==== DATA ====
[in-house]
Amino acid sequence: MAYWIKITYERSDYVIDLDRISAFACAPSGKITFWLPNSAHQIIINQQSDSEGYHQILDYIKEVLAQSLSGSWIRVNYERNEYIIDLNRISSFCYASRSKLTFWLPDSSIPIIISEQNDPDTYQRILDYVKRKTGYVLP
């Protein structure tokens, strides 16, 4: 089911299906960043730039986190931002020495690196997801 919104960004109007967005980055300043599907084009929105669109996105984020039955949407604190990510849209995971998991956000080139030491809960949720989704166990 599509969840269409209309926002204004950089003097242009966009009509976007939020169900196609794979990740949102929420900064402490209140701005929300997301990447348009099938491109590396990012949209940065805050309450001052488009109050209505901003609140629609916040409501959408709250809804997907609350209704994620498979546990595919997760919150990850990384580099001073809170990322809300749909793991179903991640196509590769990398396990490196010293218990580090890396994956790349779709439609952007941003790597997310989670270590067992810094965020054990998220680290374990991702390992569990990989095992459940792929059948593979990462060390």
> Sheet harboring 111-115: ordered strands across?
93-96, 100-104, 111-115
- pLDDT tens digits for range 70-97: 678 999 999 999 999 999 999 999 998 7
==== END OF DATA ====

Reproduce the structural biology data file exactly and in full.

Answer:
[in-house]
Amino acid sequence: MAYWIKITYERSDYVIDLDRISAFACAPSGKITFWLPNSAHQIIINQQSDSEGYHQILDYIKEVLAQSLSGSWIRVNYERNEYIIDLNRISSFCYASRSKLTFWLPDSSIPIIISEQNDPDTYQRILDYVKRKTGYVLP
């Protein structure tokens, strides 16, 4: 089911299906960043730039986190931002020495690196997801 919104960004109007967005980055300043599907084009929105669109996105984020039955949407604190990510849209995971998991956000080139030491809960949720989704166990 599509969840269409209309926002204004950089003097242009966009009509976007939020169900196609794979990740949102929420900064402490209140701005929300997301990447348009099938491109590396990012949209940065805050309450001052488009109050209505901003609140629609916040409501959408709250809804997907609350209704994620498979546990595919997760919150990850990384580099001073809170990322809300749909793991179903991640196509590769990398396990490196010293218990580090890396994956790349779709439609952007941003790597997310989670270590067992810094965020054990998220680290374990991702390992569990990989095992459940792929059948593979990462060390």
> Sheet harboring 111-115: ordered strands across?
93-96, 100-104, 111-115
- pLDDT tens digits for range 70-97: 678 999 999 999 999 999 999 999 998 7